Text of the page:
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Virginia criminal attorney on pushing back on Trump's ban on people arriving from seven countries

Fred Korematsu inspires us all to stand up against Trump’s anti-Muslim actions

Fairfax Virginia criminal defense lawyer pursuing the best defense, since 1991

Jan 30, 2017 Fred Korematsu inspires us all to stand up against Trump’s anti-Muslim actions

Donald Trump chose three days before Fred Korematsu’s birthday to engage further in xenophobia by banning non-United States citizens from seven designated predominately Muslim countries from entering the United States.

Fred had the guts to defy president Roosevelt’s executive order for ethnic Japanese people in California to report to concentration camps. He got convicted for refusing the executive order, and the Supreme Court’s six-member majority lacked the guts to overturn his conviction, instead handing concentration camp power to wartime presidents on a platter, which is all the more scary when considering that none of our many wars since the second world war has been declared by Congress in conformity with the United States Constitution. Decades later, President Ronald Reagan issued an apology for this travesty of justice and human rights.

Korematsu v. United States has not been overturned yet. Nevertheless, even without first overturning Korematsu, Trump’s ban cannot hide behind Korematsu in that Korematsu was based, albeit speciously, on questions of ethnic Japanese people’s loyalty to the then-wartime enemy Japan’s emperor, whereas none of the seven banned nations are at war with the United States and Trump’s ban is religion based, to the point that Trump holds open making exceptions for Christians.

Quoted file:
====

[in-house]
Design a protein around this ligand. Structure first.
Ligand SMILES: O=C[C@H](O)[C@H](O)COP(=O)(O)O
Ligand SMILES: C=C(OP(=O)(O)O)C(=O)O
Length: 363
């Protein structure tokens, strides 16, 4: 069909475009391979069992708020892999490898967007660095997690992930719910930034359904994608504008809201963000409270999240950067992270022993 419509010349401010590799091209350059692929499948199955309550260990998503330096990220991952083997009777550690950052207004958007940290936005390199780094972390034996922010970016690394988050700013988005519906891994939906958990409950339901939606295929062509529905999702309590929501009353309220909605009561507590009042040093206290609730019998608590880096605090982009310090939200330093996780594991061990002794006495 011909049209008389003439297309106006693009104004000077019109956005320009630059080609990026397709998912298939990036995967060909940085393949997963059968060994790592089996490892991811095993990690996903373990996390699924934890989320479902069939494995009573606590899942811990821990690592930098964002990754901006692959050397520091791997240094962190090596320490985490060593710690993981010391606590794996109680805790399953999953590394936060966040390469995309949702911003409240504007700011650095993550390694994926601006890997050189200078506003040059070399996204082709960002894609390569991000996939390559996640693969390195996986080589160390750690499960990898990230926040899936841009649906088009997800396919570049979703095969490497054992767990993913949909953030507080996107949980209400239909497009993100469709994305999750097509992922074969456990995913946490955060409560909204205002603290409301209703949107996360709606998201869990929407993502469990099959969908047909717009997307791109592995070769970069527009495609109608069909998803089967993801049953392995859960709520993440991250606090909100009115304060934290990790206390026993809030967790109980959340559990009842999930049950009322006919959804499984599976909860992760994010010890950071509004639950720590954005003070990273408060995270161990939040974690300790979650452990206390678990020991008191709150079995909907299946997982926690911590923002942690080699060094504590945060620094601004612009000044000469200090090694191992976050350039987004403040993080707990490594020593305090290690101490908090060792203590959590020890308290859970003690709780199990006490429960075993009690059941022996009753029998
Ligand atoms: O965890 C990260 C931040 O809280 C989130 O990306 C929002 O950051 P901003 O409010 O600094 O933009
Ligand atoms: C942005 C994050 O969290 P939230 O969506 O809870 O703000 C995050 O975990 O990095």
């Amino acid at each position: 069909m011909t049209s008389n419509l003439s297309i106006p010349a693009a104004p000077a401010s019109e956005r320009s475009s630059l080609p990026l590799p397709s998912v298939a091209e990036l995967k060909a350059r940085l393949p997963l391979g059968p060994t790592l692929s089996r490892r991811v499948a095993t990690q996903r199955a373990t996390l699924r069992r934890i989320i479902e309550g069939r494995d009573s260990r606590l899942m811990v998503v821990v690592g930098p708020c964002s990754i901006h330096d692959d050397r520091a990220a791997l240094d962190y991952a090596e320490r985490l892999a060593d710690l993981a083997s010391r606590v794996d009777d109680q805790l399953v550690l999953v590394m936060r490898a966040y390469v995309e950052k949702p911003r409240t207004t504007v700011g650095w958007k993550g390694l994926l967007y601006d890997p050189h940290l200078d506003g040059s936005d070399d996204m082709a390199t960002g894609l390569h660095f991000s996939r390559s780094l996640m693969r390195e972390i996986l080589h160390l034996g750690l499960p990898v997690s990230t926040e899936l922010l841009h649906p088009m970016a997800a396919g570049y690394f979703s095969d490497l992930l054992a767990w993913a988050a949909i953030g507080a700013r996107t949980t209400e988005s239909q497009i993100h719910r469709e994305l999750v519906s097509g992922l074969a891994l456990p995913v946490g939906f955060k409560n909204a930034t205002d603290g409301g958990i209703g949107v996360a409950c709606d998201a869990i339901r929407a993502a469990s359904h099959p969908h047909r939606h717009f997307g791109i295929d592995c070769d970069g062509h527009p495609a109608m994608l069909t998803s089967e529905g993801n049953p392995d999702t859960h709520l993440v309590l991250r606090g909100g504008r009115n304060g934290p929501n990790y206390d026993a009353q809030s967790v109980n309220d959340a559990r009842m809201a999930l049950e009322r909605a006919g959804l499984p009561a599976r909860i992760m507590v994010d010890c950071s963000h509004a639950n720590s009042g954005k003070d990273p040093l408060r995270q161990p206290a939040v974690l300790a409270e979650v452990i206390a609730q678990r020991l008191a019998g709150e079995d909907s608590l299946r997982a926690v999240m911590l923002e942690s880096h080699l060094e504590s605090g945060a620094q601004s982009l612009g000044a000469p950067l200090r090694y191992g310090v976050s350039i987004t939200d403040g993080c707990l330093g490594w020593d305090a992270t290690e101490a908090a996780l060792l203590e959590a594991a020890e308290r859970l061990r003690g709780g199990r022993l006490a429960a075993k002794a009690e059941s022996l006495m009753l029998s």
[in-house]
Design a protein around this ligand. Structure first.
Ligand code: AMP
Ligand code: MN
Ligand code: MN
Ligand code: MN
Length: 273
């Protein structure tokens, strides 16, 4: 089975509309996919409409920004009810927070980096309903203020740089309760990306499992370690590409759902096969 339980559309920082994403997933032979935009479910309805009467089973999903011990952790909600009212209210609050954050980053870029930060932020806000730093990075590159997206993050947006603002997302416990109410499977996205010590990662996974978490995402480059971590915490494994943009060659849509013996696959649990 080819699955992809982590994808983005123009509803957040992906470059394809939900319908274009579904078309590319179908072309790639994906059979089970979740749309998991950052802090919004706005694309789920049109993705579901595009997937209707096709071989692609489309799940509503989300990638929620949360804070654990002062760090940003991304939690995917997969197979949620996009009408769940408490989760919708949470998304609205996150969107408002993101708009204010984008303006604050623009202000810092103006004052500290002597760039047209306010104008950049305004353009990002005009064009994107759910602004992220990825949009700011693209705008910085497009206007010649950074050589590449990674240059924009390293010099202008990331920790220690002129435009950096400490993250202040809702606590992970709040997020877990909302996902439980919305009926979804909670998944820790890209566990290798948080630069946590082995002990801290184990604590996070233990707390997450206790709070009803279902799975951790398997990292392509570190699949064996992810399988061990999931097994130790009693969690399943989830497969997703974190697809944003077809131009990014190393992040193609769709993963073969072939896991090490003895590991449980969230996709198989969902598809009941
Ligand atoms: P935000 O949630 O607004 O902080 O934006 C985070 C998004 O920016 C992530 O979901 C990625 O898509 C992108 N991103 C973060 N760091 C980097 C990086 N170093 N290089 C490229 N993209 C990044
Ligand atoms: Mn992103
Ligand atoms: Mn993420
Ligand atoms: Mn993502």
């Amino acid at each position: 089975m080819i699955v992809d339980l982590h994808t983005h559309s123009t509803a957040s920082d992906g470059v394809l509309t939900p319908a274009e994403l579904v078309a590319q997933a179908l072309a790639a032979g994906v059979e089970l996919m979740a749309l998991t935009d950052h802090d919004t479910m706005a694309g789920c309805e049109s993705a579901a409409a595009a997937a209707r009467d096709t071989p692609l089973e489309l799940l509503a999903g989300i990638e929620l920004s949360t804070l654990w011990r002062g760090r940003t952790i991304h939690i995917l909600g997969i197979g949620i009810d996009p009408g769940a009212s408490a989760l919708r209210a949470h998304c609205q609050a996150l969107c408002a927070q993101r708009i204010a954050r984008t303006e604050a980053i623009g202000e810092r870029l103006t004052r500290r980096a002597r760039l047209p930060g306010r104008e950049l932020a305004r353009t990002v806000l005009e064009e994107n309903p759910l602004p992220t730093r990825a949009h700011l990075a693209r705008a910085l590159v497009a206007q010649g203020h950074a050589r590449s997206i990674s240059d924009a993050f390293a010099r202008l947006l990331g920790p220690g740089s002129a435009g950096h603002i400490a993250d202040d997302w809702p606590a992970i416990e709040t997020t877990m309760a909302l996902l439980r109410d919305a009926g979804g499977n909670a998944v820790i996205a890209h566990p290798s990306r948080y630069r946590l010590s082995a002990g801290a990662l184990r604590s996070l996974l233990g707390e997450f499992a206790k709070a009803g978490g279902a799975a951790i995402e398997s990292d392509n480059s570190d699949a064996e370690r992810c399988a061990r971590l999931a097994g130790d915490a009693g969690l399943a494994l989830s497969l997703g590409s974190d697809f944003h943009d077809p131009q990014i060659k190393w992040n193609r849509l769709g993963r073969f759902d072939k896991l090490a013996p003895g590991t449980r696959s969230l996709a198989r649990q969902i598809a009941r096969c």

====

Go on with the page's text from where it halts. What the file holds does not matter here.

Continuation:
Thanks to the American Civil Liberties Union and lawyers nationwide for challenging this ban. Thanks to the several federal trial judges who have temporarily stayed the ban pending further litigation. Thanks to now-fired and then-acting Attorney General Sally Yates, who ordered the Justice Department not to enforce the ban. No thanks to those in the Trump administration who are ignoring the ban (and is the Homeland Security Department now following at least part of the judicial stay?). No thanks to the Customs and Border Patrol agents denying attorney access to those being ensnared by the ban.

After this ban was announced, United States immigration officials reportedly are stepping up interrogation of those beyond the people covered by the ban. Everyone arriving in and located in the United States has the Fifth Amendment right to remain silent. Even innocent interrogates risk stammering out incorrect answers. Silence is golden.

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